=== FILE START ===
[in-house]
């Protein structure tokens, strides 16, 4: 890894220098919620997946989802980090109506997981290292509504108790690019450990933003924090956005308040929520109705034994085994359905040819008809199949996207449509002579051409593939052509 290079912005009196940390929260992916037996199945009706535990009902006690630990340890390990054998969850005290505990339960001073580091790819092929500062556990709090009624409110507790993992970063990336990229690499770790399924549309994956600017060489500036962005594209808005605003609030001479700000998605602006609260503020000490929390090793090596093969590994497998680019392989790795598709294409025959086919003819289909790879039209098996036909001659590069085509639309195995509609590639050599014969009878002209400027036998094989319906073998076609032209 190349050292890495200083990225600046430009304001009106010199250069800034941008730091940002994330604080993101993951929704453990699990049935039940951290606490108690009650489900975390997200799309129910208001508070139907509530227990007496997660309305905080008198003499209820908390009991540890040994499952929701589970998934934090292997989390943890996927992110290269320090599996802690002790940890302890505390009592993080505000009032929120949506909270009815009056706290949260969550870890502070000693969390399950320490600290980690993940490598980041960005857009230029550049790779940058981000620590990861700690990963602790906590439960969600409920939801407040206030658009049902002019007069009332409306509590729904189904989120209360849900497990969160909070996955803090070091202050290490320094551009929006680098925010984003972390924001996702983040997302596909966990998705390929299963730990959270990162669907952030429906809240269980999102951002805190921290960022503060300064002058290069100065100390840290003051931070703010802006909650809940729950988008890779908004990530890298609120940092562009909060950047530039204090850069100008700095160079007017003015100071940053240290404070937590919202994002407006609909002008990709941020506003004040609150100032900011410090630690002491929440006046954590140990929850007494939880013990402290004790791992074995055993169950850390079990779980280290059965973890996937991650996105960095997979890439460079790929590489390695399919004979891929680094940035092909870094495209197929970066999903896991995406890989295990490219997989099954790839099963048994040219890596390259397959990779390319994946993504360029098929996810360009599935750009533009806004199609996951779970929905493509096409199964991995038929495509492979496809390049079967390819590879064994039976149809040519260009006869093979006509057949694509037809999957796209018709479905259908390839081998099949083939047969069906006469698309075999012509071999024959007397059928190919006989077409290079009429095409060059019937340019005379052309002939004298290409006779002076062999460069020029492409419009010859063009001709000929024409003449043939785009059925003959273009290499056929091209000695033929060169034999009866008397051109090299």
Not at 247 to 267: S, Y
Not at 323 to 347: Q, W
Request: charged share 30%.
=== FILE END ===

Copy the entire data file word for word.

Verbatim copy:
[in-house]
């Protein structure tokens, strides 16, 4: 890894220098919620997946989802980090109506997981290292509504108790690019450990933003924090956005308040929520109705034994085994359905040819008809199949996207449509002579051409593939052509 290079912005009196940390929260992916037996199945009706535990009902006690630990340890390990054998969850005290505990339960001073580091790819092929500062556990709090009624409110507790993992970063990336990229690499770790399924549309994956600017060489500036962005594209808005605003609030001479700000998605602006609260503020000490929390090793090596093969590994497998680019392989790795598709294409025959086919003819289909790879039209098996036909001659590069085509639309195995509609590639050599014969009878002209400027036998094989319906073998076609032209 190349050292890495200083990225600046430009304001009106010199250069800034941008730091940002994330604080993101993951929704453990699990049935039940951290606490108690009650489900975390997200799309129910208001508070139907509530227990007496997660309305905080008198003499209820908390009991540890040994499952929701589970998934934090292997989390943890996927992110290269320090599996802690002790940890302890505390009592993080505000009032929120949506909270009815009056706290949260969550870890502070000693969390399950320490600290980690993940490598980041960005857009230029550049790779940058981000620590990861700690990963602790906590439960969600409920939801407040206030658009049902002019007069009332409306509590729904189904989120209360849900497990969160909070996955803090070091202050290490320094551009929006680098925010984003972390924001996702983040997302596909966990998705390929299963730990959270990162669907952030429906809240269980999102951002805190921290960022503060300064002058290069100065100390840290003051931070703010802006909650809940729950988008890779908004990530890298609120940092562009909060950047530039204090850069100008700095160079007017003015100071940053240290404070937590919202994002407006609909002008990709941020506003004040609150100032900011410090630690002491929440006046954590140990929850007494939880013990402290004790791992074995055993169950850390079990779980280290059965973890996937991650996105960095997979890439460079790929590489390695399919004979891929680094940035092909870094495209197929970066999903896991995406890989295990490219997989099954790839099963048994040219890596390259397959990779390319994946993504360029098929996810360009599935750009533009806004199609996951779970929905493509096409199964991995038929495509492979496809390049079967390819590879064994039976149809040519260009006869093979006509057949694509037809999957796209018709479905259908390839081998099949083939047969069906006469698309075999012509071999024959007397059928190919006989077409290079009429095409060059019937340019005379052309002939004298290409006779002076062999460069020029492409419009010859063009001709000929024409003449043939785009059925003959273009290499056929091209000695033929060169034999009866008397051109090299």
Not at 247 to 267: S, Y
Not at 323 to 347: Q, W
Request: charged share 30%.